The Cigarette: A Political History (Paperback)
Finalist for the Hagley Prize in Business History
A Smithsonian Book of the Year
--New York Times Book Review "An impressive work of scholarship evincing years of spadework...A well-told story."
--Wall Street Journal "A nuanced and ultimately devastating indictment of government complicity with the worst excesses of American capitalism."
--New Republic "If you want to know what the smoke-filled rooms of midcentury America were really like, this is the book to read."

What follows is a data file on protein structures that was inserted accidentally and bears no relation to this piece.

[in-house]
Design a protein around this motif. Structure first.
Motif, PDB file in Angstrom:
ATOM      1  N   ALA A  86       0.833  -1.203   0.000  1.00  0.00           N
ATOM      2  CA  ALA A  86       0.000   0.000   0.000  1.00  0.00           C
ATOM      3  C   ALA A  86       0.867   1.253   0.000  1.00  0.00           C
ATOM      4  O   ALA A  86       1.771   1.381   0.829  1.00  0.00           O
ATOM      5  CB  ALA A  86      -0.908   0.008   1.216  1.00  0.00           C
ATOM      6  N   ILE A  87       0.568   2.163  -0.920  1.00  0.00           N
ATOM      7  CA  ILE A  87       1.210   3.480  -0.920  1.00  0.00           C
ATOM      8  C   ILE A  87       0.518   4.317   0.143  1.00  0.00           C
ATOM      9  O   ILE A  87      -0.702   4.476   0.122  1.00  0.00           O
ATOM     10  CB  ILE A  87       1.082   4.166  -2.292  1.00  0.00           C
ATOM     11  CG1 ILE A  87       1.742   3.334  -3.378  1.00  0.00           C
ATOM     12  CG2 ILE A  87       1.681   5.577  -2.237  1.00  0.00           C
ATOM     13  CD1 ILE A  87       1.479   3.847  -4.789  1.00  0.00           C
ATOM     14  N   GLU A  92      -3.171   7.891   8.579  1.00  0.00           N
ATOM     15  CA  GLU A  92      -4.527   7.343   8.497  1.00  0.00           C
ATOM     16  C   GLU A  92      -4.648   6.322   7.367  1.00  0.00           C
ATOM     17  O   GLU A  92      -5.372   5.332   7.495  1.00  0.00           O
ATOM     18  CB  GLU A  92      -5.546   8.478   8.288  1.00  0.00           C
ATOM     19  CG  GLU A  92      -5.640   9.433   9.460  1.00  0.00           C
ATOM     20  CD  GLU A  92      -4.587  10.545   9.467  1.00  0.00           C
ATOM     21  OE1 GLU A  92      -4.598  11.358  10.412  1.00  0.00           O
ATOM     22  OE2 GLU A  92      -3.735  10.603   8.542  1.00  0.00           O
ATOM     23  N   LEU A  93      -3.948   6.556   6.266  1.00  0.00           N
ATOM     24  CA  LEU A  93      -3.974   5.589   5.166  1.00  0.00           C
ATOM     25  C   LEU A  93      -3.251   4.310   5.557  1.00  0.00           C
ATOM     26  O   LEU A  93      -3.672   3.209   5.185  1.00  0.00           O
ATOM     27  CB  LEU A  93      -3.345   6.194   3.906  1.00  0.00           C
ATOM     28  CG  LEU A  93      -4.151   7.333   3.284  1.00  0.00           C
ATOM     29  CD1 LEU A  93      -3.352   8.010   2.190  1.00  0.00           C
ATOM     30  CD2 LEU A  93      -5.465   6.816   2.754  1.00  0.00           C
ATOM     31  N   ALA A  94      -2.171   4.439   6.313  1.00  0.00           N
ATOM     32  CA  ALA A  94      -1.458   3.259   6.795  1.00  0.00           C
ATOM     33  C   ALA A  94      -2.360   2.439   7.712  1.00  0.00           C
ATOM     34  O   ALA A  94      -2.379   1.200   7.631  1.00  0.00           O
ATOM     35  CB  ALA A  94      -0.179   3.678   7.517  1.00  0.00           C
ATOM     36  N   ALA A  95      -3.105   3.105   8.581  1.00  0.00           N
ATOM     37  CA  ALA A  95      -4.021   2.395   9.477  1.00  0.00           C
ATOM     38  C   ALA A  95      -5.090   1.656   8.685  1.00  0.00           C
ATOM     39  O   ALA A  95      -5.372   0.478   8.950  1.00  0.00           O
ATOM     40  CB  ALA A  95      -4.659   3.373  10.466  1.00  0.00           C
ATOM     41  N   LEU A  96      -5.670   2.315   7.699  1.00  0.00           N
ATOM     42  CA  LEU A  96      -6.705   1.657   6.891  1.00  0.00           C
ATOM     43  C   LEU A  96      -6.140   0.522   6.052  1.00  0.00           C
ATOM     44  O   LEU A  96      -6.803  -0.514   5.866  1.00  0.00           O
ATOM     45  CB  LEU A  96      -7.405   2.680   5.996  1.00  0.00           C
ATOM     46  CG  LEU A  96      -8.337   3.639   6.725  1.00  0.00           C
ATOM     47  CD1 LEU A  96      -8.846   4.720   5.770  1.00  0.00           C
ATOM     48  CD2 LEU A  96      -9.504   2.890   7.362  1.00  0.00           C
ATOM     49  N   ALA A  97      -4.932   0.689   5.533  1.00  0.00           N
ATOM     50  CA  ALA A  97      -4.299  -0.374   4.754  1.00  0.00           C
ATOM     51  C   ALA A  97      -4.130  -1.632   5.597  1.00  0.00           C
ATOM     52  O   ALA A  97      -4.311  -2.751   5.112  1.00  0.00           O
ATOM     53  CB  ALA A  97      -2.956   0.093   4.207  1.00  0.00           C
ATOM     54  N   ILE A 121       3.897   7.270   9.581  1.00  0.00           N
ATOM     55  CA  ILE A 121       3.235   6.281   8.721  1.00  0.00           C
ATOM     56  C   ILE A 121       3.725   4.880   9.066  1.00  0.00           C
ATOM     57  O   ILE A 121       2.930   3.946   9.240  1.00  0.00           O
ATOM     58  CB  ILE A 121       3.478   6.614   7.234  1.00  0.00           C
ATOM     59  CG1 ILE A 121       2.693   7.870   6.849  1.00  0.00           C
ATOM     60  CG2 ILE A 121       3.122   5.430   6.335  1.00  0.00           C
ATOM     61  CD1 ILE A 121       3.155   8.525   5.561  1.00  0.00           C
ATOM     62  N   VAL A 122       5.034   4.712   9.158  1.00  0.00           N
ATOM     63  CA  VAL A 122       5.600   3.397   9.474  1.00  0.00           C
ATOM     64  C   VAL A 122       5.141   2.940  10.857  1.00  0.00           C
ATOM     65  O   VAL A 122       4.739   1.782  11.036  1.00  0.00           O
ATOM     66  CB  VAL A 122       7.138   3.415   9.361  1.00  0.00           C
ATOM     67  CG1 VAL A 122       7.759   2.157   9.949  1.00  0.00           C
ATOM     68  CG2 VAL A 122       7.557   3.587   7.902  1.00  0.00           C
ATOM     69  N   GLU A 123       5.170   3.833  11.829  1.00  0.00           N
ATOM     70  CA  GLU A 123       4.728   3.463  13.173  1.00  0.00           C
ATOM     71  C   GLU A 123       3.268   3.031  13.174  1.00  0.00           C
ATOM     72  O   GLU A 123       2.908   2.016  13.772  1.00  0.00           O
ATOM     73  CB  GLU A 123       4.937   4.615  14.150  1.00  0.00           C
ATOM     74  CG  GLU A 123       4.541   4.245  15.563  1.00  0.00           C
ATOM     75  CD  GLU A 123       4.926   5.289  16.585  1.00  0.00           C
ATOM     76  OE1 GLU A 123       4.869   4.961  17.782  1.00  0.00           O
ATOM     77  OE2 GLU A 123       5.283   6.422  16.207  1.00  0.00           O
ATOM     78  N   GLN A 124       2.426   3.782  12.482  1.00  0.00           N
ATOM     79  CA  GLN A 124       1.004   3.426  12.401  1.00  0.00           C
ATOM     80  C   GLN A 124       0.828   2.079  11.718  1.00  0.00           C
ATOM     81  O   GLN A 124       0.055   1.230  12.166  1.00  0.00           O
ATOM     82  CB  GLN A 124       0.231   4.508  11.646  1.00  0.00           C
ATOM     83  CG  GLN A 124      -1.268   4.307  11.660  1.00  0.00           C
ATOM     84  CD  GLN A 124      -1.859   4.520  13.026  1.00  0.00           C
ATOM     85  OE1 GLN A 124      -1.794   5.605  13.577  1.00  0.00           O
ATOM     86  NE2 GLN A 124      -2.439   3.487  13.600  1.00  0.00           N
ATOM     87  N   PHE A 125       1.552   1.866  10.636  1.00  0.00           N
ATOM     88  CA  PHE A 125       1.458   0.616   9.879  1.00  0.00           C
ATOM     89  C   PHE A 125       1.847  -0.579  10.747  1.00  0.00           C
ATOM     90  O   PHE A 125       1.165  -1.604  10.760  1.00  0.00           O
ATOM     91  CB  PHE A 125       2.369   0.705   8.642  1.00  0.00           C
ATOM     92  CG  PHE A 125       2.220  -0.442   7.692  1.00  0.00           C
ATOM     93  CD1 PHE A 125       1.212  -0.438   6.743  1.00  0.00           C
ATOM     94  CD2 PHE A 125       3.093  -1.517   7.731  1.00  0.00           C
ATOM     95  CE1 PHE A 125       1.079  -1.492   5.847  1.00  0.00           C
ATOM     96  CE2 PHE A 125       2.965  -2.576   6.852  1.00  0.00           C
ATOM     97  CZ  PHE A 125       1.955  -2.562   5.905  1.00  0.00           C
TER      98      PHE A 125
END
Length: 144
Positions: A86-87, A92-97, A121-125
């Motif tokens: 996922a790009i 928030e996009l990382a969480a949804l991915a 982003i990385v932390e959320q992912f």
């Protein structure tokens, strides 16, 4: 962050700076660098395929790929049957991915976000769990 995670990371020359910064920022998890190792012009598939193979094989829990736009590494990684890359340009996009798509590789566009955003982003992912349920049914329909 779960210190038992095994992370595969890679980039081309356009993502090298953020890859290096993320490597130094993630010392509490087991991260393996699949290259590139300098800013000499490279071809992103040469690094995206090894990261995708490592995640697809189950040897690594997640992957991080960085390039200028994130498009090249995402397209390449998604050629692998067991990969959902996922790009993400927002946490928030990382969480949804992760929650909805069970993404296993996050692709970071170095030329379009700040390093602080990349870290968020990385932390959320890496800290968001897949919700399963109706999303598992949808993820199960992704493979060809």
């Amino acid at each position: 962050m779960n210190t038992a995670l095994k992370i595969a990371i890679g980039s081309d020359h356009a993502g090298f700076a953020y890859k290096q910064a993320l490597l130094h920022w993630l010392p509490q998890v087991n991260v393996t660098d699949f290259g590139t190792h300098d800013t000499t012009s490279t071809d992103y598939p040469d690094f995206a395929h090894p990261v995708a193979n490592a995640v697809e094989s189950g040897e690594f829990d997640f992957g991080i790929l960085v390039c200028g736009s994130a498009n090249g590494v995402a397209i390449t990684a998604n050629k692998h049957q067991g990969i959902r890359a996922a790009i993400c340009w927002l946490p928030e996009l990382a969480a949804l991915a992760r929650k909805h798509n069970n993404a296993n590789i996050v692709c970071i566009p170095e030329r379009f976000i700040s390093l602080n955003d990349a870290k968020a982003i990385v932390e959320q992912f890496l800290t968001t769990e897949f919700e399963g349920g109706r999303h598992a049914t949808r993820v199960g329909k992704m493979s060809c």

--Los Angeles Review of Books Tobacco is the quintessential American product. From Jamestown to the Marlboro Man, it powered the nation's economy and shaped some of its most enduring myths. The story of tobacco's rise and fall may seem simple enough--a tale of science triumphing over corporate greed--but the truth is more complicated. After the Great Depression, government officials and tobacco farmers worked hand in hand to ensure that regulation was used to promote tobacco rather than protect consumers. As evidence of the connection between cigarettes and cancer grew, scientists struggled to secure federal regulation in the name of public health. What turned the tide, Sarah Milov reveals with her groundbreaking research, was a new kind of politics: a movement for nonsmokers' rights. Activists and public interest lawyers took to the courts, the streets, city councils, and boardrooms to argue for smoke-free workplaces and allied with scientists to lobby elected officials. The Cigarette puts politics back at the heart of tobacco's rise and fall, dramatizing the battles over corporate influence, individual choice, government regulation, and science.